A large increase in the female employment has become the most noticeable social transformation around the world (International Labor Office [ILO], 2010). While women made up 38% of the world's workforce in 1970, the statistic has increased to 47.3% after several decades (ILO, 2010). Along with the global trend, gender equity has been a widely accepted policy goal in many countries (Connell, 2006). As the term "glass ceiling" was coined in the 1970s, reform efforts aimed at opening up top-level positions for women have persisted across countries but the results have seen only modest changes in gender representation (Connell, 2006).
The proportion of women in the Korean labor force has also increased from 37.2% in 1965 to 48.3% in 2000. Despite the rapid increase, the statistics shows clear evidence that women in employment have not been treated fairly in important personnel procedures and decisions (e.g., work assignments, compensation, promotion), which resulted in fewer women in higher ranks (Ministry of Public Administration and Security [MOPAS], 2011). Stivers (2002) pointed out that the American government has also historically excluded women from powerful positions with greater authority. The numerical data, however, suggest that gender inequity may be a more serious concern in Korea than in the United States. For example, in 2011 only 3.2% of senior executive ranks in the Korean government were occupied by women (MOPAS, 2011), while approximately 30% of equivalent positions were held by women in the U.S. federal government in 2007 (U.S. Office of Personnel Management [OPM], 2007). In a similar line, the 2004 data of international labor organization (ILO, 2004) also show that, in general, countries in North America, South America, and Eastern Europe have a higher share of women in managerial jobs than countries in East Asia, South Asia, and the Middle East (ILO, 2004). While the racially homogeneous population in Korea does not create problems associated with discrimination against a certain race/ethnicity, women have often been treated unfairly in employment. Some scholars (e.g., R. Kim, 1994; Moon, 2002) have argued that the current gender imbalance in the workforce may be attributed to historical and social contexts of Korea, especially the Confucian legacy that has masculinized workplaces and constrained women's access to more powerful ranks in organizations.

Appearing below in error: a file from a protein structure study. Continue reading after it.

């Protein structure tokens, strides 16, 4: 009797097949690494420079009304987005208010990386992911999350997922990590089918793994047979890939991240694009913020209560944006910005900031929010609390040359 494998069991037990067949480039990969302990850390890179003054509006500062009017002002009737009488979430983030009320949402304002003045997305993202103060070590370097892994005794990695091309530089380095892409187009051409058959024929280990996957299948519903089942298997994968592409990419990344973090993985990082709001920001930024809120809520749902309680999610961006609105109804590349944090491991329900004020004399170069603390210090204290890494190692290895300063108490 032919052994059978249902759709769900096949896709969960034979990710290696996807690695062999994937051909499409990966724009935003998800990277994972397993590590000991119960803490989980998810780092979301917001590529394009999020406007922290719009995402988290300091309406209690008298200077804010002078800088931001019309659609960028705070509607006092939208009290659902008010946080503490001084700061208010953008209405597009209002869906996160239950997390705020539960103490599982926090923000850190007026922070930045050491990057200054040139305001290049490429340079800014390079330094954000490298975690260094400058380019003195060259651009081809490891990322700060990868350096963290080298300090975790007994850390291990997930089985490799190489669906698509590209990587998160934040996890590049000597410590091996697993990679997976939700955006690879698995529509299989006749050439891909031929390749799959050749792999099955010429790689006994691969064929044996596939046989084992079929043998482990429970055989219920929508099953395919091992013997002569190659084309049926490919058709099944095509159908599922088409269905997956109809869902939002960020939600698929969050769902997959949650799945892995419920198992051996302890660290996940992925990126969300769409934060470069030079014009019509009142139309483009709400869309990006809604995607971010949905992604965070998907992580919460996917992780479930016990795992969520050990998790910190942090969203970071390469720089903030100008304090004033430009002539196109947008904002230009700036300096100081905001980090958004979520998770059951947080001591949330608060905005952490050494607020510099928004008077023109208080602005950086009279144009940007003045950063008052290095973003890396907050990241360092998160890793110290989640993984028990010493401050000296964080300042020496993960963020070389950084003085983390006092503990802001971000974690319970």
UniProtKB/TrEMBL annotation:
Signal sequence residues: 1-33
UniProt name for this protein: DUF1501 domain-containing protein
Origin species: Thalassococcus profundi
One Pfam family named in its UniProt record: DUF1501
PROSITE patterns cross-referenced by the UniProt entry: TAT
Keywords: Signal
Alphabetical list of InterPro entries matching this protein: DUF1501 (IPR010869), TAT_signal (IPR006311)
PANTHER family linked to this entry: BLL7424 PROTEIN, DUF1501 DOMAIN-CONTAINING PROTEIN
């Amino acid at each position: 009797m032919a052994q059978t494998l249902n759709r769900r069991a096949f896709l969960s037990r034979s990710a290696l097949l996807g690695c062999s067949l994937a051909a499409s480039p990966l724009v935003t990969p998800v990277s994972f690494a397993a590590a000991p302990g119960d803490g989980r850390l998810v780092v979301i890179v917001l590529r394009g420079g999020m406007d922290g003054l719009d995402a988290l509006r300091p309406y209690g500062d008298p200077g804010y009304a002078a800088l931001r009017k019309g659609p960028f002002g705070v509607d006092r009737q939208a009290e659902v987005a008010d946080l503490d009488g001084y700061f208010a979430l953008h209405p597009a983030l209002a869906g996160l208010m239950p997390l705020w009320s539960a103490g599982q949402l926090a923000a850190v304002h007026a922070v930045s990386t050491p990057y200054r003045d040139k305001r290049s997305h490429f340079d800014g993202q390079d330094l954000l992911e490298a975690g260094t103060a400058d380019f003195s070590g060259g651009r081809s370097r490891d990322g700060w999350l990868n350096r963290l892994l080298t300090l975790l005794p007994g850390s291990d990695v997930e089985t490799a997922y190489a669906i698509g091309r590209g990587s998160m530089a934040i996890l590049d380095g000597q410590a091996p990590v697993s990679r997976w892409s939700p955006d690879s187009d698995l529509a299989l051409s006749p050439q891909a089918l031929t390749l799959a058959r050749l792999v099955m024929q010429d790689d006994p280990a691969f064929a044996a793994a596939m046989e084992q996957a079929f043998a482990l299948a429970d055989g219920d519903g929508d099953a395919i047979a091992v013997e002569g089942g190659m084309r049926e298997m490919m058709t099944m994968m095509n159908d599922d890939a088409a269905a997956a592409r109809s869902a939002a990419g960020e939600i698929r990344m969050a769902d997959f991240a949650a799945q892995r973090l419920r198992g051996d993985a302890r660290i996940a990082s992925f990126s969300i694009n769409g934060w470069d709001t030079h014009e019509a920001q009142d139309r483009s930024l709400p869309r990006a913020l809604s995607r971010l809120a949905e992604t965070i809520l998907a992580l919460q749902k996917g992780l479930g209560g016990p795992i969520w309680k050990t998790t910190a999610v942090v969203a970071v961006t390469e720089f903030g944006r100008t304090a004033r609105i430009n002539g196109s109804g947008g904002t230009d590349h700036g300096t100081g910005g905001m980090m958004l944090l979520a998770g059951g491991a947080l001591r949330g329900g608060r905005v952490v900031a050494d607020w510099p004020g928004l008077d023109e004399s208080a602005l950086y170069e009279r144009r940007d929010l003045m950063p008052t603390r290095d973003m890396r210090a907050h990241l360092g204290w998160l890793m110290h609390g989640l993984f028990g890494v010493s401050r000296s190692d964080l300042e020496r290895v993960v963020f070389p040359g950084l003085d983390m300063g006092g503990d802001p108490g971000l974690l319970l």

To address the issue, the Korean government has passed legislation that promotes representation of women and prohibits discrimination against women in important personnel decisions and procedures (R. Kim, 1994). The legislation is, however, equivocal and does not provide detailed definitions of gender discrimination and discriminatory practices. There have been few court decisions or opinions to offer additional guidance for managers by clarifying and interpreting the statutory requirements in Korea. In sum, the governmental policy to end gender-based discrimination in employment has not only been superficial but also ineffective in correcting gender inequity in the workplaces. The United States, however, has enacted numerous case laws since the Civil Rights Act of 1964 and the Equal Employment Opportunity (EEO) Act of 1972. Furthermore, abundant scholarly research (e.g., Guy, 1992, 1993; Guy & Newman, 2004; Hale, 1996; H. Lips & Lawson, 2009; Naff, 1994; Newman, 1993, 1994; Riccucci, 2002, 2009) has shed light on the importance of gender equity in the workplace (e.g., equal opportunities for career advancement).
Our primary research interest is in analyzing barriers that prevent women's career advancement to higher ranks in the Korean government and comparing and contrasting them with the experiences of the American government. By doing so, we aim to generate a new policy idea that may enhance gender equity in public employment and personnel management in the Korean government. We assume that previous policies for equal employment in the Korean government were not successful in addressing gender equity in public employment. …